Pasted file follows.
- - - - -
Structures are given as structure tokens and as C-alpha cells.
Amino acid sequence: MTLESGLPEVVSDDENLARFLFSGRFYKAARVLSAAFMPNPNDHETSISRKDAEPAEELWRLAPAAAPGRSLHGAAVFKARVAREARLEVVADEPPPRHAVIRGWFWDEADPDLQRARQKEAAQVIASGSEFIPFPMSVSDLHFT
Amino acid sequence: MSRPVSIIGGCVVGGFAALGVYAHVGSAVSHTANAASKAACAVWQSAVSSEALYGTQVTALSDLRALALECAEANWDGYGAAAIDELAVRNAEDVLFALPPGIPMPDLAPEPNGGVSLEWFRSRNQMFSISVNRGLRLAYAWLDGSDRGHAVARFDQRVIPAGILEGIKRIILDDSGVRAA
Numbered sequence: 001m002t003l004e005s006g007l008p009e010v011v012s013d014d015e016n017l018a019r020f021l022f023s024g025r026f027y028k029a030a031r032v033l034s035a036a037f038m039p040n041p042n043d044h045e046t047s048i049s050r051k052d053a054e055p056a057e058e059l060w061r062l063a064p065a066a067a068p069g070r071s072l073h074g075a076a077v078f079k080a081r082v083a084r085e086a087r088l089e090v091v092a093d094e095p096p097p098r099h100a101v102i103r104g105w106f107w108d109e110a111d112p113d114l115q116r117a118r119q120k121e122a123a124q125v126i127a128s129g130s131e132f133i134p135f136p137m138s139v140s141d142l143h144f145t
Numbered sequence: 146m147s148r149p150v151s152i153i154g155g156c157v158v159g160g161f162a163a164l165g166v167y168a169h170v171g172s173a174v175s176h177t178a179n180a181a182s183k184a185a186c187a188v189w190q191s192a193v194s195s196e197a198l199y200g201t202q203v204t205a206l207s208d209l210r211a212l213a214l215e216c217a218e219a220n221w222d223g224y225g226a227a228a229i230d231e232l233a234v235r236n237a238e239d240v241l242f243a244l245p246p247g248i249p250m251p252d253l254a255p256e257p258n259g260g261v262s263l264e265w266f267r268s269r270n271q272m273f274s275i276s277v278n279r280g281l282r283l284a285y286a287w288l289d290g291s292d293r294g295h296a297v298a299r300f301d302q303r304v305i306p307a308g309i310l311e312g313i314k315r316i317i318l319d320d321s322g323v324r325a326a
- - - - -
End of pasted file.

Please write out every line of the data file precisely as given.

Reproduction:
Structures are given as structure tokens and as C-alpha cells.
Amino acid sequence: MTLESGLPEVVSDDENLARFLFSGRFYKAARVLSAAFMPNPNDHETSISRKDAEPAEELWRLAPAAAPGRSLHGAAVFKARVAREARLEVVADEPPPRHAVIRGWFWDEADPDLQRARQKEAAQVIASGSEFIPFPMSVSDLHFT
Amino acid sequence: MSRPVSIIGGCVVGGFAALGVYAHVGSAVSHTANAASKAACAVWQSAVSSEALYGTQVTALSDLRALALECAEANWDGYGAAAIDELAVRNAEDVLFALPPGIPMPDLAPEPNGGVSLEWFRSRNQMFSISVNRGLRLAYAWLDGSDRGHAVARFDQRVIPAGILEGIKRIILDDSGVRAA
Numbered sequence: 001m002t003l004e005s006g007l008p009e010v011v012s013d014d015e016n017l018a019r020f021l022f023s024g025r026f027y028k029a030a031r032v033l034s035a036a037f038m039p040n041p042n043d044h045e046t047s048i049s050r051k052d053a054e055p056a057e058e059l060w061r062l063a064p065a066a067a068p069g070r071s072l073h074g075a076a077v078f079k080a081r082v083a084r085e086a087r088l089e090v091v092a093d094e095p096p097p098r099h100a101v102i103r104g105w106f107w108d109e110a111d112p113d114l115q116r117a118r119q120k121e122a123a124q125v126i127a128s129g130s131e132f133i134p135f136p137m138s139v140s141d142l143h144f145t
Numbered sequence: 146m147s148r149p150v151s152i153i154g155g156c157v158v159g160g161f162a163a164l165g166v167y168a169h170v171g172s173a174v175s176h177t178a179n180a181a182s183k184a185a186c187a188v189w190q191s192a193v194s195s196e197a198l199y200g201t202q203v204t205a206l207s208d209l210r211a212l213a214l215e216c217a218e219a220n221w222d223g224y225g226a227a228a229i230d231e232l233a234v235r236n237a238e239d240v241l242f243a244l245p246p247g248i249p250m251p252d253l254a255p256e257p258n259g260g261v262s263l264e265w266f267r268s269r270n271q272m273f274s275i276s277v278n279r280g281l282r283l284a285y286a287w288l289d290g291s292d293r294g295h296a297v298a299r300f301d302q303r304v305i306p307a308g309i310l311e312g313i314k315r316i317i318l319d320d321s322g323v324r325a326a